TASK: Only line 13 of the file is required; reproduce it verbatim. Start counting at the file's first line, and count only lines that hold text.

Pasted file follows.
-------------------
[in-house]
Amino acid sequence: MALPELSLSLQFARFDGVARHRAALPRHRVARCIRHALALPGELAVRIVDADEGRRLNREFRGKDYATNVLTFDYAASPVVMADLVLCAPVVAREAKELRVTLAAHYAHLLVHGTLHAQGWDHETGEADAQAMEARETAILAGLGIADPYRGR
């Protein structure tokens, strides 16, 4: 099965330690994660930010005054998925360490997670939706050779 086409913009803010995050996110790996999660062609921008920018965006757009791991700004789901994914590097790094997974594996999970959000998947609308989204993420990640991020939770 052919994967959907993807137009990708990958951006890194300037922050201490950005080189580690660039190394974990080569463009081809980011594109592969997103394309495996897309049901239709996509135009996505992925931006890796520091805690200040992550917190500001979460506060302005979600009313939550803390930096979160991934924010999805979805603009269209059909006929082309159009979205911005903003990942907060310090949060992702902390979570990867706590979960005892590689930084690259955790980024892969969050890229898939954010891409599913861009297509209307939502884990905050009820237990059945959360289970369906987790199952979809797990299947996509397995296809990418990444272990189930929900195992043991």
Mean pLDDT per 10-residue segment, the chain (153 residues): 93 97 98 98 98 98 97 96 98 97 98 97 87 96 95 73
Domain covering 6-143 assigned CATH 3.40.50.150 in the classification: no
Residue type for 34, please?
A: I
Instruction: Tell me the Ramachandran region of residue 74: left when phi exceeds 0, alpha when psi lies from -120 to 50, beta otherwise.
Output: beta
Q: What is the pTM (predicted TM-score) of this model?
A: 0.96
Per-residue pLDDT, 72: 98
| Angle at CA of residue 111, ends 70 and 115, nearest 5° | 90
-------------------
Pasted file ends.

| Angle at CA of residue 111, ends 70 and 115, nearest 5° | 90